OOPSLA'2000 Conference

Introducing Patterns (or any new idea) into Organizations

Call for Participation

DEADLINE for SUBMISSION: September 10, 2000

Mary Lynn Manns, University of North Carolina at Asheville
Alan O'Callaghan, De Montfort University
Linda Rising, Consultant and Editor of The Patterns Handbook

If you have used and/or written patterns, you are most likely aware that this literary form, and its corresponding process and community support, is providing potential for capturing best practices and communicating them between people in organizations and throughout the software industry. However, it is also quite likely that you have experienced some difficulty convincing others in your organization of this potential.

The spark for patterns (or any new idea) in an organization most often begins with one or more enlightened individuals who has heard about or used patterns (or another new idea) and is intrigued over the potential. It then becomes the task of these individuals to enlighten the rest of the organization. It is likely to be an easier undertaking if one has an understanding of the problems that may be encountered along the way and what can be done to address these problems.

Work towards documenting these problems and solutions in the form of patterns was begun by David DeLano and Linda Rising of AG Communication Systems in Arizona during their Introducing Patterns into the Workplace workshop at OOPSLA'96. The patterns were later expanded to Introducing Technology into the Workplace. In 1998, Mary Lynn Manns began introducing patterns into organizations, and holding "introducing patterns" workshops at various conferences. She documented her observations in the form of patterns, and this collection was workshopped at PLoP'99. This past March, at the ChiliPLoP'2000 conference, Rising and Manns worked with others to combine their two collections of patterns into a fledging language currently titled Evolving a Patterns Culture.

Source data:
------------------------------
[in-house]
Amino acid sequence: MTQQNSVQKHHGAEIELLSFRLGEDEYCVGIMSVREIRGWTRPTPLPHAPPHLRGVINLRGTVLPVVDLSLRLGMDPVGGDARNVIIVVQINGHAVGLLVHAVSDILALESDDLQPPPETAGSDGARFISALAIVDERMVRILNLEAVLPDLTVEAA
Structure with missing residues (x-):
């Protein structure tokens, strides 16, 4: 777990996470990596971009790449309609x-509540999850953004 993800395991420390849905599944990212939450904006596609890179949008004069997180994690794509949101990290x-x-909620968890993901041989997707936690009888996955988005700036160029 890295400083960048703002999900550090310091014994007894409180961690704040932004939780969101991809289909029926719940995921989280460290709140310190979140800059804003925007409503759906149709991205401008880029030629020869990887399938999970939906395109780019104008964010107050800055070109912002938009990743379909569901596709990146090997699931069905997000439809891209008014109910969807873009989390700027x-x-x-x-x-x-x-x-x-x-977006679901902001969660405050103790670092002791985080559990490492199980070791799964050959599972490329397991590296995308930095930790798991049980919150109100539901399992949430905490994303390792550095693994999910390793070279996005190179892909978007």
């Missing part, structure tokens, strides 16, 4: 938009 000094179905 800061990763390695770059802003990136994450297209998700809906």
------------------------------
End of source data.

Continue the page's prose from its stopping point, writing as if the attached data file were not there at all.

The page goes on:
During this OOPSLA'2000 workshop, participants will discuss experiences introducing patterns (or any new idea or technology) into an organization. The goal is to draft solutions to the challenges in the form of additional patterns for the Evolving a Patterns Culture language.

What will we do?

This workshop will provide an opportunity for participants to:

What will need to be done before the session?

Participants will need to complete three tasks prior to the session:

What will be produced during the session?

It is anticipated that the deliverables from this session will include:

Who should participate?

This session is for all those who have attempted to convince others of the value of patterns (or any innovation). We hope to attract individuals who have struggled with introducing and sustaining interest in patterns in an organization. However, those who are expected to face this task in the near future, and can share their experiences introducing other kinds of new ideas into an organization, are also welcome.

Who will lead this session?

Mary Lynn Manns is on the faculty at the University of North Carolina at Asheville. She also teaches patterns in industry and has experience introducing them into organizations. During the past year, she has studied the issues in introducing and sustaining patterns in organizations and is leading the effort to build a pattern language to help those who are facing this task.

Alan O'Callaghan is a Senior Lecturer and Researcher at De Montfort University in its Software Technologies Research Laboratory. Through contract research with industrial concerns, and through industry-based consultancy, he has developed the ADAPTOR pattern language for migrating large-scale business systems to Object Technology.

Linda Rising is well known throughout the patterns community as the editor of The Patterns Handbook. She was among those who led the introduction of patterns into AG Communication Systems in Phoenix Arizona, and has worked with others to capture these experiences in the Introducing Technology into the Workplace patterns.

How do I apply?

Submit the following two things to Mary Lynn Manns:

  1. a short description of yourself, including your experience with patterns, introducing patterns into an organization, and/or introducing any innovation to an organization
  2. one or more pattern drafts (See What will need to be done before the session?)
Submissions must be in the form of a URL that can be linked to this web page.
Thank you.